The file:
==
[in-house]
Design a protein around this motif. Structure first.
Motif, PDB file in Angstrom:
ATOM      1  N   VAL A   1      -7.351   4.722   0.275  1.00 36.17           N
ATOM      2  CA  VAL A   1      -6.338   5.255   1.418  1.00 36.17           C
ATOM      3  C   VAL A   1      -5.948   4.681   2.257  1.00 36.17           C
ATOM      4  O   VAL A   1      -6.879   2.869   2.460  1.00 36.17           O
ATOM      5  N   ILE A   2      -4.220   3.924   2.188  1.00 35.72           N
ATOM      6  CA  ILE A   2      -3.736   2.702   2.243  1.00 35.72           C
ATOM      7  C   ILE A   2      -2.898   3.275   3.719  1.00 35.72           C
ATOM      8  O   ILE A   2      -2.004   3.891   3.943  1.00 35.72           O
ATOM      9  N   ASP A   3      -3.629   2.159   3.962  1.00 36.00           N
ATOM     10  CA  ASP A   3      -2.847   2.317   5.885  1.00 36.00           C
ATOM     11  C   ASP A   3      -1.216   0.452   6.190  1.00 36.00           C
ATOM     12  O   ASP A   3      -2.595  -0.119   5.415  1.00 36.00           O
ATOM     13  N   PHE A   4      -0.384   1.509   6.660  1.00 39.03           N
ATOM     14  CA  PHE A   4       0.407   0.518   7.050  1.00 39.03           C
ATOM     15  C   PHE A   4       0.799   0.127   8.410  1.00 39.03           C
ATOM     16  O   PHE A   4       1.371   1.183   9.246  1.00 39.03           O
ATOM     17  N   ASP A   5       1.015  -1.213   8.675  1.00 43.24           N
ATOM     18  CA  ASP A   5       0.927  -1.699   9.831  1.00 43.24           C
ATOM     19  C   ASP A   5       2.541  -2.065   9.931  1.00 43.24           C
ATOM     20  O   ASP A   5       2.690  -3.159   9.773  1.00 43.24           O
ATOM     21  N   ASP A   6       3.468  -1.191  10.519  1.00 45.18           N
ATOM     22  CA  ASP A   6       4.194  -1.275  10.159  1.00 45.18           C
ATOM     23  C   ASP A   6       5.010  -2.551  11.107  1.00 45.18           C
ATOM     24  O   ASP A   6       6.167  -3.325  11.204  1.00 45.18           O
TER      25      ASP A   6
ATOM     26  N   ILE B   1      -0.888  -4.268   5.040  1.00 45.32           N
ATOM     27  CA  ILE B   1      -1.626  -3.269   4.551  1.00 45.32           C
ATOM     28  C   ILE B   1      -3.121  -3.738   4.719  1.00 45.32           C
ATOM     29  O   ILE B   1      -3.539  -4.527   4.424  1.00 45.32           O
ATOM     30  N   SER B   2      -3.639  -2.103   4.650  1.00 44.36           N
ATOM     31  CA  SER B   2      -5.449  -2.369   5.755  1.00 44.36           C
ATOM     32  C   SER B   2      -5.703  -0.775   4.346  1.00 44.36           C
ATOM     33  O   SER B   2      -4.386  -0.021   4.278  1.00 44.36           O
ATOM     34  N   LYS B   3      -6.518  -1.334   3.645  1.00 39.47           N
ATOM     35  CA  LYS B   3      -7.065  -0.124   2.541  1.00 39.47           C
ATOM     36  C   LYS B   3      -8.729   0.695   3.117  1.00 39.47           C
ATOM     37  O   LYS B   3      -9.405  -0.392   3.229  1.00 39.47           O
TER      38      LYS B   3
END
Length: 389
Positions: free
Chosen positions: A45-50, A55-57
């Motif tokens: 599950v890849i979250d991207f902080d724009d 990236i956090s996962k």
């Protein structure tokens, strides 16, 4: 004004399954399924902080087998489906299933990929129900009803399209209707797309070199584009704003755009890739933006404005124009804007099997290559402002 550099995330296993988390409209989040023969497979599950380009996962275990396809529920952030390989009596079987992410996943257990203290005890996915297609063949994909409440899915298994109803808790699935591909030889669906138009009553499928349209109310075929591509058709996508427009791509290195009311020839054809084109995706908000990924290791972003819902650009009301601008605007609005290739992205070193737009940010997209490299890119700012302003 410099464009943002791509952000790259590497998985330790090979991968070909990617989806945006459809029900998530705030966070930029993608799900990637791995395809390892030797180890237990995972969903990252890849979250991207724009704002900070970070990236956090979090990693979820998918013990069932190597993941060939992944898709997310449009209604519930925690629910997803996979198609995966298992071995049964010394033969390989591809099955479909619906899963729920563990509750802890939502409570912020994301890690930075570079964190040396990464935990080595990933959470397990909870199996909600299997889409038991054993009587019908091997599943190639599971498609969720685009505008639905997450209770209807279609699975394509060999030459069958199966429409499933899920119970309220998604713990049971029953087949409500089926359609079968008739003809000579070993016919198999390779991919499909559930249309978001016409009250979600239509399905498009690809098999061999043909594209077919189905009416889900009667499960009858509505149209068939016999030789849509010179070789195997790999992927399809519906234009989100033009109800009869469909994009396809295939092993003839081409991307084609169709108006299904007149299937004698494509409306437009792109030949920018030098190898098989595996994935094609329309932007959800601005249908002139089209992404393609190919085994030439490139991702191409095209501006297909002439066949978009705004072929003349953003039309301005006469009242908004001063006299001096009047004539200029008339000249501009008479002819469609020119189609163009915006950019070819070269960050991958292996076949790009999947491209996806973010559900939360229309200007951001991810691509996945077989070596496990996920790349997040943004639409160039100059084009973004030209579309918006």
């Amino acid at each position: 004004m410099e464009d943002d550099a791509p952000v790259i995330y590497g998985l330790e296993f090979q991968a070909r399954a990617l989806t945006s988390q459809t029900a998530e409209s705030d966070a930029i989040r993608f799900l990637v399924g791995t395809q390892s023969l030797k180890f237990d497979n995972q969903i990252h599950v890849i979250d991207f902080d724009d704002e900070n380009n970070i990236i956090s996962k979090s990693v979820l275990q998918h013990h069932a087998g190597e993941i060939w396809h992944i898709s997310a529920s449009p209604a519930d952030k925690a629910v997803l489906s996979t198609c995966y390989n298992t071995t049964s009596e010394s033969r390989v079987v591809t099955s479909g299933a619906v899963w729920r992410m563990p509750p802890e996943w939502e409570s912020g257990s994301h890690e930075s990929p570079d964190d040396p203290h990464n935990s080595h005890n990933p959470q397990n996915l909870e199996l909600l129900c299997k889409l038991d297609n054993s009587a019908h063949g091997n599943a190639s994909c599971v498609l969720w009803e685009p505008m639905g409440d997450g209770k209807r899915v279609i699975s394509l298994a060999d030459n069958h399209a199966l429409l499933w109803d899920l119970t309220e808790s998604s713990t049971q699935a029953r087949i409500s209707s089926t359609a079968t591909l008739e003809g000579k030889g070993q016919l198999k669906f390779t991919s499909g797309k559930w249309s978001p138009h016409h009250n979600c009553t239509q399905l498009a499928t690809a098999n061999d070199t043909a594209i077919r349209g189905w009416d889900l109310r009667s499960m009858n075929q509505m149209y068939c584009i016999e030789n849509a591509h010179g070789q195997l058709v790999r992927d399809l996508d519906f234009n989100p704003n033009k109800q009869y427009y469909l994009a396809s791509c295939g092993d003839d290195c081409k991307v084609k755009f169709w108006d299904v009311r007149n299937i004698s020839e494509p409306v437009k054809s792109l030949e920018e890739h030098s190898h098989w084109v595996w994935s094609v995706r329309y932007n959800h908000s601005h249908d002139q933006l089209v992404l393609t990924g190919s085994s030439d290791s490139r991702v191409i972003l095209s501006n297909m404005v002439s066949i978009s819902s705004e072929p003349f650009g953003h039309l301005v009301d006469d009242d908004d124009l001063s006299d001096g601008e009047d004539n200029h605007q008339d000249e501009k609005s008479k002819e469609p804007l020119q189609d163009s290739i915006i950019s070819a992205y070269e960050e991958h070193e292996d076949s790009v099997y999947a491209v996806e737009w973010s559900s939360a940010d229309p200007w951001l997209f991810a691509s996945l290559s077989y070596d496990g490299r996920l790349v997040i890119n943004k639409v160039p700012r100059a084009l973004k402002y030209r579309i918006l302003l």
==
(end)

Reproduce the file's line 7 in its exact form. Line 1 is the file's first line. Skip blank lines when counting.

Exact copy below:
ATOM      4  O   VAL A   1      -6.879   2.869   2.460  1.00 36.17           O